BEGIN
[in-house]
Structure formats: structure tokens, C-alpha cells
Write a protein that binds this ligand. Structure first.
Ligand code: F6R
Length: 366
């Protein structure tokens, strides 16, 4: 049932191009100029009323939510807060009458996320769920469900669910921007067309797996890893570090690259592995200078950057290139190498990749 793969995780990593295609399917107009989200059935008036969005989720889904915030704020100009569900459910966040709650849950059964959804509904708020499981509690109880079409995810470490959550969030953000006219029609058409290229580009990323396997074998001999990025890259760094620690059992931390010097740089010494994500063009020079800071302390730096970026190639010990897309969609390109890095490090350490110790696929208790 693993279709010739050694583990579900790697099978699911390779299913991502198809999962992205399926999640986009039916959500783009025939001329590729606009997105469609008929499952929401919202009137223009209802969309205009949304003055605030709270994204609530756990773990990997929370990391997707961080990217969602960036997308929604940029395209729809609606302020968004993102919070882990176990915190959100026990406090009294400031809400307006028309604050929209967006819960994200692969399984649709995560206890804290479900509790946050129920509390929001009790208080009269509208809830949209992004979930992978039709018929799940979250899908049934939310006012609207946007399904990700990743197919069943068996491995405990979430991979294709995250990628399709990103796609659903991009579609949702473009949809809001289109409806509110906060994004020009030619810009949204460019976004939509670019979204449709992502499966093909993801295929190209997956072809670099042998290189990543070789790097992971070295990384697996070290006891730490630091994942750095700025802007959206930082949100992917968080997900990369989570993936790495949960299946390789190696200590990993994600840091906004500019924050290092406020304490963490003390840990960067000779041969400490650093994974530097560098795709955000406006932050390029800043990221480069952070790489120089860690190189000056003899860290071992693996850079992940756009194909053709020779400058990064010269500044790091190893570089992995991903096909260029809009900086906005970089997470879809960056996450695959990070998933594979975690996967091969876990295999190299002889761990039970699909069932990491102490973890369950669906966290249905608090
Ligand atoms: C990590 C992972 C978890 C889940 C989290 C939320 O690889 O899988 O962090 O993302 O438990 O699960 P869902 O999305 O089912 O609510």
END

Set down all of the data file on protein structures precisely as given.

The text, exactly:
[in-house]
Structure formats: structure tokens, C-alpha cells
Write a protein that binds this ligand. Structure first.
Ligand code: F6R
Length: 366
């Protein structure tokens, strides 16, 4: 049932191009100029009323939510807060009458996320769920469900669910921007067309797996890893570090690259592995200078950057290139190498990749 793969995780990593295609399917107009989200059935008036969005989720889904915030704020100009569900459910966040709650849950059964959804509904708020499981509690109880079409995810470490959550969030953000006219029609058409290229580009990323396997074998001999990025890259760094620690059992931390010097740089010494994500063009020079800071302390730096970026190639010990897309969609390109890095490090350490110790696929208790 693993279709010739050694583990579900790697099978699911390779299913991502198809999962992205399926999640986009039916959500783009025939001329590729606009997105469609008929499952929401919202009137223009209802969309205009949304003055605030709270994204609530756990773990990997929370990391997707961080990217969602960036997308929604940029395209729809609606302020968004993102919070882990176990915190959100026990406090009294400031809400307006028309604050929209967006819960994200692969399984649709995560206890804290479900509790946050129920509390929001009790208080009269509208809830949209992004979930992978039709018929799940979250899908049934939310006012609207946007399904990700990743197919069943068996491995405990979430991979294709995250990628399709990103796609659903991009579609949702473009949809809001289109409806509110906060994004020009030619810009949204460019976004939509670019979204449709992502499966093909993801295929190209997956072809670099042998290189990543070789790097992971070295990384697996070290006891730490630091994942750095700025802007959206930082949100992917968080997900990369989570993936790495949960299946390789190696200590990993994600840091906004500019924050290092406020304490963490003390840990960067000779041969400490650093994974530097560098795709955000406006932050390029800043990221480069952070790489120089860690190189000056003899860290071992693996850079992940756009194909053709020779400058990064010269500044790091190893570089992995991903096909260029809009900086906005970089997470879809960056996450695959990070998933594979975690996967091969876990295999190299002889761990039970699909069932990491102490973890369950669906966290249905608090
Ligand atoms: C990590 C992972 C978890 C889940 C989290 C939320 O690889 O899988 O962090 O993302 O438990 O699960 P869902 O999305 O089912 O609510």